Loveholidays refund court ruling sets limits on consumer rights

Loveholidays refund court ruling sets limits on consumer rights

OTA’s customer had claimed their money back due to change in hotel in Kos

A County Court judgment has shed important light on the limits to a consumer’s right to cancel a holiday and obtain a full refund due to Covid under the Package Travel Regulations (PTRs).

Judge Catherine Howells ruled in favour of Loveholidays owner We Love Holidays last week in its appeal against a district court ruling that it owed a full refund to a client who cancelled a holiday owing to a change of hotel.

The case of Kirk v We Love Holidays involved a package booking to Kos. The hotel booked was closed ahead of the Kirks’ departure but there was no Foreign Office (FCDO) advice against travel, flights were operating and other hotels open, and Loveholidays offered a comparable hotel nearby which the district judge accepted was a “like for like” substitute.

However, the Kirks refused the offer and claimed a full refund “due to the pandemic”. Loveholidays refunded the accommodation and transfers but not the flights.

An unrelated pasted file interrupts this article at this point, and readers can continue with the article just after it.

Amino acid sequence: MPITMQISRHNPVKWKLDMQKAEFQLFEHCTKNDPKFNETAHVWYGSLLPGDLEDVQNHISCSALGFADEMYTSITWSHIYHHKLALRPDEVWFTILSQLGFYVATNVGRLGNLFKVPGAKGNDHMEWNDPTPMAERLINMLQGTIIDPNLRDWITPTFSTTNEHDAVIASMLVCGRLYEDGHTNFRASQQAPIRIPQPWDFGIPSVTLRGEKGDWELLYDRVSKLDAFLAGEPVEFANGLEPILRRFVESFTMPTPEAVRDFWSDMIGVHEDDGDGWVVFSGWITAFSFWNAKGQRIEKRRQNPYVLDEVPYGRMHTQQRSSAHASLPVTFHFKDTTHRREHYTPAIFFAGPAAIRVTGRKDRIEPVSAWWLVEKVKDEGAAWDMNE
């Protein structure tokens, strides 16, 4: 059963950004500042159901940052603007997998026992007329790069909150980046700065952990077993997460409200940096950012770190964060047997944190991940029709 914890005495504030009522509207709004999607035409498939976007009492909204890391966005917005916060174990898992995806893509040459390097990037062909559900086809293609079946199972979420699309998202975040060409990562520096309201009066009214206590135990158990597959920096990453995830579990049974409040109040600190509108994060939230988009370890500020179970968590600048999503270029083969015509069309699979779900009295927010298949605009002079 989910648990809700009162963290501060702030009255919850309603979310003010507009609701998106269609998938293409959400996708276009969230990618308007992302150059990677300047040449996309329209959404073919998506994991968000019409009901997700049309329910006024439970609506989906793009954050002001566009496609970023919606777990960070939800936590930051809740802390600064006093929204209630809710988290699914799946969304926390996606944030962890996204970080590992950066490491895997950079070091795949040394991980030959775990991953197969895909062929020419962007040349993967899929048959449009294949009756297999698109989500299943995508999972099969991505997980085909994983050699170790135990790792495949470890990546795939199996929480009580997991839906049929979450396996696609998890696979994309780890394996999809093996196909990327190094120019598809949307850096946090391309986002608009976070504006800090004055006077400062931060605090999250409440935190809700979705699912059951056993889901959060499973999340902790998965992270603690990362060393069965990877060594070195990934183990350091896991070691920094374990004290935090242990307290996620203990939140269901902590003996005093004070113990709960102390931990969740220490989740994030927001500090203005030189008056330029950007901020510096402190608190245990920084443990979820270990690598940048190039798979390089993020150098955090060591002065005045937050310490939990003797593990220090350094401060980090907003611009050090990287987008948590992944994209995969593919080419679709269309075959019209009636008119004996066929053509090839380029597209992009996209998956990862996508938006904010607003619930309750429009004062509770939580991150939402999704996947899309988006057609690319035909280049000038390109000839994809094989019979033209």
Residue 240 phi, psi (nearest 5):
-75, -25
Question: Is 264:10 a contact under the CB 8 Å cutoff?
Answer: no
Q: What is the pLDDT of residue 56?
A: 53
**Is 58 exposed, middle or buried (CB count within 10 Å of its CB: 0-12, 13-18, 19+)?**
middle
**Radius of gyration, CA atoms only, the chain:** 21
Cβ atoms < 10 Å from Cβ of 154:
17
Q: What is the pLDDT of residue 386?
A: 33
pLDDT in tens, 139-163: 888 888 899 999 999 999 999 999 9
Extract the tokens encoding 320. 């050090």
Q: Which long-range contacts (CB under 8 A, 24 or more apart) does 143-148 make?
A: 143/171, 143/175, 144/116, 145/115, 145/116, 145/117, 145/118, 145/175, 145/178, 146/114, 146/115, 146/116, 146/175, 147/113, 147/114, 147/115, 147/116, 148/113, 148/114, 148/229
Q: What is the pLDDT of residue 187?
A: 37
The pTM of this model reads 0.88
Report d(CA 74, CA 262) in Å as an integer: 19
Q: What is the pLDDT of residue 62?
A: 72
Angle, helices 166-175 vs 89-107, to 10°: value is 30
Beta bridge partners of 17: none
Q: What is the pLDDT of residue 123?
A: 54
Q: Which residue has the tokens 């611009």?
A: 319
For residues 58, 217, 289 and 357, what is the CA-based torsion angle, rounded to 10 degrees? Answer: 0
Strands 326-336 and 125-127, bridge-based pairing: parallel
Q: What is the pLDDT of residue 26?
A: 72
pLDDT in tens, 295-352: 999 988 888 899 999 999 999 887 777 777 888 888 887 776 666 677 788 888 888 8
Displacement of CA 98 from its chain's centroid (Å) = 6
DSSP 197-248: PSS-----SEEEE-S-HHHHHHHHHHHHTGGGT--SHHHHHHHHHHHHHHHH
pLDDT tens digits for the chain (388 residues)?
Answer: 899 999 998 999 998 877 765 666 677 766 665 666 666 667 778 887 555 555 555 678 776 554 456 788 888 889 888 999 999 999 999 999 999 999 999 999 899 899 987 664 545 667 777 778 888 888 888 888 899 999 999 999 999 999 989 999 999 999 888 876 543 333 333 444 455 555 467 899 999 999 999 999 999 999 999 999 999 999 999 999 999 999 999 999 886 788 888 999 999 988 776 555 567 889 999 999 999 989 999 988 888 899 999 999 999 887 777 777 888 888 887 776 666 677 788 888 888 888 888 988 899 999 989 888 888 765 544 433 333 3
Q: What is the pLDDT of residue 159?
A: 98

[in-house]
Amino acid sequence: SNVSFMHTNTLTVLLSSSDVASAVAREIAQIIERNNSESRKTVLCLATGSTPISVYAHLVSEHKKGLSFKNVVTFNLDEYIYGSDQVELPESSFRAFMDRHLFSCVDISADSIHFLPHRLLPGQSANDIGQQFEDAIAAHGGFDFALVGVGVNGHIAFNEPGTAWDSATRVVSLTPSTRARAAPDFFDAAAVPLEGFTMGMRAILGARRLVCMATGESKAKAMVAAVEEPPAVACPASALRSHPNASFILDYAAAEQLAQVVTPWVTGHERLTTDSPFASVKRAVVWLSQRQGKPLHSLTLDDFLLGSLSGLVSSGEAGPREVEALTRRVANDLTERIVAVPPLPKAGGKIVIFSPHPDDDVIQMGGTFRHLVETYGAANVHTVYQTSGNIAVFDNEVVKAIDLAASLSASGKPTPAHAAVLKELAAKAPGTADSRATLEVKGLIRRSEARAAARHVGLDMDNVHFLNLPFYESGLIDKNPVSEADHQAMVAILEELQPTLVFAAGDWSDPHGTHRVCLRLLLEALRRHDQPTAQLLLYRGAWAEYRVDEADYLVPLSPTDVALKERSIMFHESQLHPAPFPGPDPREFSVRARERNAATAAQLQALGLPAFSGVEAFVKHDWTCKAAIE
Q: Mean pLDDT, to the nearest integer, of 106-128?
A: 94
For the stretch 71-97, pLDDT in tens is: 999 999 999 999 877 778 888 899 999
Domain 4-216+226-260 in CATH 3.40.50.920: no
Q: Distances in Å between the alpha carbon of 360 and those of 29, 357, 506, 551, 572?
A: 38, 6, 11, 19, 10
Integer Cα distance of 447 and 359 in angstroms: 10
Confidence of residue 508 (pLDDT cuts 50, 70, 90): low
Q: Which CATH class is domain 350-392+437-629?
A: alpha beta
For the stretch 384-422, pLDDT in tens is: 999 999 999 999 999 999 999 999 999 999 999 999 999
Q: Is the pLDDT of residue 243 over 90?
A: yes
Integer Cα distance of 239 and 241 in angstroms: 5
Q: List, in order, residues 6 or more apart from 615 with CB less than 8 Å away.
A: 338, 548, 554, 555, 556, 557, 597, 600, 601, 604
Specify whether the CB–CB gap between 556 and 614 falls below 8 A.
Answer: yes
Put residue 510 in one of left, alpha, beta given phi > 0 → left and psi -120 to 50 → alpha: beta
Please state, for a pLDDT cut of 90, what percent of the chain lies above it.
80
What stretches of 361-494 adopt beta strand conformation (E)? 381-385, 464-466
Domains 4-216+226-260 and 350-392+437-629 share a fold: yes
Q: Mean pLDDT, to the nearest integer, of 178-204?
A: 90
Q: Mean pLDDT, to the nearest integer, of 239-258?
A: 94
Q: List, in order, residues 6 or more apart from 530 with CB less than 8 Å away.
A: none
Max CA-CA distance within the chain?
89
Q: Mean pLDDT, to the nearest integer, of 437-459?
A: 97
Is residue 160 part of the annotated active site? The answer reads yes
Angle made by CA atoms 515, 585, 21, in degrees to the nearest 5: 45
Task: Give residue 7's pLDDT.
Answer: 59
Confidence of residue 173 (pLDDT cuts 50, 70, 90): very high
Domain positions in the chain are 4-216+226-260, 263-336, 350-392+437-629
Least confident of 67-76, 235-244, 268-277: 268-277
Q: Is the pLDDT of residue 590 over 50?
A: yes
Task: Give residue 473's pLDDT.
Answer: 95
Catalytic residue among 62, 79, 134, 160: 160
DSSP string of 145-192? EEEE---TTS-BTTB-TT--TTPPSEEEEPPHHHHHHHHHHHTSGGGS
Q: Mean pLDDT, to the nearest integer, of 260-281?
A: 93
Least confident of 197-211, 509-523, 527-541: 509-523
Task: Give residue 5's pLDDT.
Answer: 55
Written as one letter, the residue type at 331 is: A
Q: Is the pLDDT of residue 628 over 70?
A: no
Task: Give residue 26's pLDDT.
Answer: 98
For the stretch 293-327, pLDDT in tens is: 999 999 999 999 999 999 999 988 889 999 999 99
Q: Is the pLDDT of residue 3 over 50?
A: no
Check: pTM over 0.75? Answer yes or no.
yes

The district judge at the initial hearing found in favour of the Kirks, ruling they were entitled to a full refund because the hotel was closed due to the pandemic and the PTRs allow for a refund due to “unavoidable and extraordinary circumstances at the place of destination”.

Stephen Mason, senior counsel at Travlaw, which handled the appeal at Wrexham County Court, noted permission to appeal was only granted at the third request.

However, on hearing the case Judge Howells found the closed hotel was not ‘the destination’ and there were no ‘extraordinary circumstances’ given the flights operated, a quality hotel was available and there was no advice against travel.

The judge also rejected an argument on behalf of the Kirks that the change of hotel was significant enough in itself to entitle them to cancel.

Mason said: “Loveholidays won the appeal and the whole industry won some helpful clarification of how the pandemic affects their legal responsibilities under the PTRs. It also shows the courts understand how difficult the pandemic has been for the travel industry.

“The case of Kirk v We Love Holidays and other recent cases are great news for companies facing claims involving UK quarantine for travellers on return or from those wishing to cancel despite lack of FCDO advice against travel to a destination, and for companies able to operate the holiday but needing to make changes to the holiday details.”